Check back for more information and guidance related to your pool and spa needs brought to your by The Pool Guy Store!

Wednesday, November 19, 2014

Common Mistakes to Avoid When Closing Your Pool for Winter

As the seasons transition from summer to fall, many of us look forward to a handful of exclusively autumn events like college football, Thanksgiving, and pumpkin spice lattes. We can even allow ourselves to start getting excited about the special aspects of the coldest months like Christmas, ice skating, and hot chocolate. Sadly though, the welcoming of fall inevitably means farewell to summer and all of its seasonal splendor: sunshine, beaches, sandals, snow cones, and of course, the pool.

Closing your pool for the colder seasons can seem as simple as throwing a cover on it and calling it a day. However, there are many common mistakes made by pool owners every year when it comes to winterizing a pool. The following guidelines for closing a pool will ensure that your pool is swimmer-friendly and ready for use by the first day of summer:

Take Your Time The most common mistake made by pool owners who are closing up for winter is speeding through the job. This practice is based on the common misconception that pools will unavoidably collect dirt and debris over the course of winter and need a full, deep cleaning come summer anyway. Lucky for you, this is wrong. If you take the time to thoroughly clean and close your pool properly for winter, you can expect swimmable water on opening day.

Clean Pools Are Happy Pools Even though cleaning the pool before closing seems like an obvious necessity, many pool owners still make the mistake of leaving debris in the water after it’s covered. While a small leaf floating on the surface may seem trivial, any amount of debris left in the water at closing will disturb the chemicals and leave you with an avoidable chore when opening your pool for the season. You’ll feel a huge sense of relief next spring when you realize another deep cleaning isn’t needed as long as you put in the work during winter.

Chemical Dump To ensure that you’ll maintain a healthy pool environment by the time spring rolls around, winterizing chemicals should be added to the pool water before a cover is attached. The biggest mistake made regarding these chemicals is overuse. In the case of winterizing chemicals, more is not better. Shoot for the following levels when closing your pool:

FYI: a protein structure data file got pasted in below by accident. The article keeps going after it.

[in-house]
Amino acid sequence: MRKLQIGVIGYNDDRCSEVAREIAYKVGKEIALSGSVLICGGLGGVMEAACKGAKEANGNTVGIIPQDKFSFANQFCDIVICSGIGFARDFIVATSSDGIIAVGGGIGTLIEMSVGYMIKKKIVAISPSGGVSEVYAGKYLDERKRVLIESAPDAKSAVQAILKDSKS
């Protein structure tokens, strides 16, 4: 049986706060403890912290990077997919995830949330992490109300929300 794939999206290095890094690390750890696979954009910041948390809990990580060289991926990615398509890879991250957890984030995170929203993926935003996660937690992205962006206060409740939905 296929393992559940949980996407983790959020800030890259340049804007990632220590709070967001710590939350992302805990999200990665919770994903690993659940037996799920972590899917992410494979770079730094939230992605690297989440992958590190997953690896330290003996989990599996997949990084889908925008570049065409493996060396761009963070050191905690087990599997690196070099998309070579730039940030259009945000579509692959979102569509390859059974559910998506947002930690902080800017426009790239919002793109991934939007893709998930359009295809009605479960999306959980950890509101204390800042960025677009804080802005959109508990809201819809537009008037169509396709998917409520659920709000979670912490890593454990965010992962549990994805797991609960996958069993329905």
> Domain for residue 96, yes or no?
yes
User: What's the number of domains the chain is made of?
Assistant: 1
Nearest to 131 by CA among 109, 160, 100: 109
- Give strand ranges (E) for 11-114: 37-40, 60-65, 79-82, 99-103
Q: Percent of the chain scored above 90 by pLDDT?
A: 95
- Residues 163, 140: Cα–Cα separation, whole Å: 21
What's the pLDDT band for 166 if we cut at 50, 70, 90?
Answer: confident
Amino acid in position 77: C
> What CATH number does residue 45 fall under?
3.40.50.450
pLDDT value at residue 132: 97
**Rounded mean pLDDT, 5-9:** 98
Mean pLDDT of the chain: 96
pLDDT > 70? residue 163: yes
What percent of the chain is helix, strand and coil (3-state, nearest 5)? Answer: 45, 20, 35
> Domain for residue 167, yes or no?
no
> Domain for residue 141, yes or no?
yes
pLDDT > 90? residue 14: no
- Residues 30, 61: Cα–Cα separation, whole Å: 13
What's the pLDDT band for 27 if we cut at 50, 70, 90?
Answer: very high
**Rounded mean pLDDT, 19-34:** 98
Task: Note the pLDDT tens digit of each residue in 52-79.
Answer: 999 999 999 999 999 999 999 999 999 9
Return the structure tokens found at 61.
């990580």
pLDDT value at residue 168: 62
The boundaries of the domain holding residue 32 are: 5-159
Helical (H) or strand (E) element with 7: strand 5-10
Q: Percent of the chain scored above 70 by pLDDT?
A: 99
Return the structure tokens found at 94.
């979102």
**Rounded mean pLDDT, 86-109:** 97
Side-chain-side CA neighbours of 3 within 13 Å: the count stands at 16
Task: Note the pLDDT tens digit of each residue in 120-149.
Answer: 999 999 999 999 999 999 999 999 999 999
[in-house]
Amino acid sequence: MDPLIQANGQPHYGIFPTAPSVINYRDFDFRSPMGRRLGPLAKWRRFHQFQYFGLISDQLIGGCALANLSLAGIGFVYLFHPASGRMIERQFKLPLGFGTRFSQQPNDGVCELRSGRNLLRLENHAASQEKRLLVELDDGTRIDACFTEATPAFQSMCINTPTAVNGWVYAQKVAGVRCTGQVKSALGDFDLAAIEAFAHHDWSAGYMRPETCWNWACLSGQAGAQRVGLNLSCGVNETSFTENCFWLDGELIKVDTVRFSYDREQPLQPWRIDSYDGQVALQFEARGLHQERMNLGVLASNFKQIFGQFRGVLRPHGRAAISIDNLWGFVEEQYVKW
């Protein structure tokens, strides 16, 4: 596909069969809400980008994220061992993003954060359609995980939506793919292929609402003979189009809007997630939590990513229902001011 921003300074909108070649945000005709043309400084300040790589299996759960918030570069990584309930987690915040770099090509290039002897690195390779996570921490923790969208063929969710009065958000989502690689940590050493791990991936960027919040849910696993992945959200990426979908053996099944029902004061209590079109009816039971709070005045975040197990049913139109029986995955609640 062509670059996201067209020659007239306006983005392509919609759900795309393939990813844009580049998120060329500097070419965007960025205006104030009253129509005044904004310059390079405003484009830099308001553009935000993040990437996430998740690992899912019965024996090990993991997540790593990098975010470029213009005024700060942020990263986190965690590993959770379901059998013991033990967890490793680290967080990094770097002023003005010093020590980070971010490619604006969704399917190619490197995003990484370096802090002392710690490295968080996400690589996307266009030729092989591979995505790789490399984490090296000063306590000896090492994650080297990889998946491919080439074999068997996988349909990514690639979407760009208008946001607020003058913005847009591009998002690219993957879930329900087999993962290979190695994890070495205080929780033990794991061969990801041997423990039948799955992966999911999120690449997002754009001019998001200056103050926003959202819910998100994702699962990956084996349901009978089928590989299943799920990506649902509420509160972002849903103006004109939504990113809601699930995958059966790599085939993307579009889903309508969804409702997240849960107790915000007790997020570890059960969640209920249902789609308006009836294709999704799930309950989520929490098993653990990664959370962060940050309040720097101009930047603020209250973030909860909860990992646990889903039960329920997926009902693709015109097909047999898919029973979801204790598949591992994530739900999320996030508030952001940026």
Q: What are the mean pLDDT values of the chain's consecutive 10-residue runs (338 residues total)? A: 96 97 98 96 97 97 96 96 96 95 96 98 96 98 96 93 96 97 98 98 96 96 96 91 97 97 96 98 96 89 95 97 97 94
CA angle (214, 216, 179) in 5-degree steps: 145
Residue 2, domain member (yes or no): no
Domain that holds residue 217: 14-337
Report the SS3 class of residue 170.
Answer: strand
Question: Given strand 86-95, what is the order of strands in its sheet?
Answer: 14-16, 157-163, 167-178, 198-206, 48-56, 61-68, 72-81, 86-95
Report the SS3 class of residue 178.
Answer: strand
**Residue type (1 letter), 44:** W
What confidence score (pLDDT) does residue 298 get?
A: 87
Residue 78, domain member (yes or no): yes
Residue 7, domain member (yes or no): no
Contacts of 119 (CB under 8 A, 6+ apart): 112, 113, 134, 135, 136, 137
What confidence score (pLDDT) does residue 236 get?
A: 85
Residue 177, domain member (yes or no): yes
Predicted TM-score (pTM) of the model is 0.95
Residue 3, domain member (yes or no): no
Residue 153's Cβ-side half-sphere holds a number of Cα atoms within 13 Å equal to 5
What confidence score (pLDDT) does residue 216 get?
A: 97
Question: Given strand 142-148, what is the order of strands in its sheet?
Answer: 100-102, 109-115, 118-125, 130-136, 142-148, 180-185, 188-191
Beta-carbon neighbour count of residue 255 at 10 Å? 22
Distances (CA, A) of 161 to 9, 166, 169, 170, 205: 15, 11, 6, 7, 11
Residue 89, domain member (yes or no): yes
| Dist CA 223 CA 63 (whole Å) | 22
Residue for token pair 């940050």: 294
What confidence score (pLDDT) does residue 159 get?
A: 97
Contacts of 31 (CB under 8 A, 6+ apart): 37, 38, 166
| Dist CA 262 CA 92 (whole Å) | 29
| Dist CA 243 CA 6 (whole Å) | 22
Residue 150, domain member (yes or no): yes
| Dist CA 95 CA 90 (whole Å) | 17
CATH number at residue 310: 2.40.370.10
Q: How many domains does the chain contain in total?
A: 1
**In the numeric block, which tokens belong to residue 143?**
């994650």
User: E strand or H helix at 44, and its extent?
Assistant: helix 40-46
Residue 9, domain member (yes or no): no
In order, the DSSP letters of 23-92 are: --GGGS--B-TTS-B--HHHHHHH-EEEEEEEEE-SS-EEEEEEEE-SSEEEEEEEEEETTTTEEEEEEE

• pH: 7.2 to 7.6
  • Alkalinity: 80 to 120 ppm
  • Calcium hardness: 180 to 220 ppm

Unwanted Drainage Probably the most expensive mistake you could make when closing a pool is not properly draining your pumps and filtration systems. Removing “most” of the water will not suffice. In order to avoid bursting pipes or busted heaters, every drop of water should be drained. You can get rid of lingering moisture from your pool plumbing system with any kind of blow tool such as a leaf blower or a shop vacuum, which can remove exterior liquid as well as blow air from the skimmer through the equipment and back to the pool.

The best mentality to employ in regards to closing your pool is: more work now, no work later. The more care and effort you put into preparing a pool for the cold seasons, the less work you’ll need to do to ready it for spring and summer. The last thing you’ll want to do come springtime is worry about cleaning out gunk and green water that accumulated during the off-season. So be sure to avoid the most common mistakes when closing your pool this winter, and when the warm weather arrives next year, you’ll be ready to dive right in!

If you have any questions about the proper steps you need to take to winterize your pool, please contact us and we will be more than happy to help! Be sure to visit us at for all your pool supply needs at discount prices.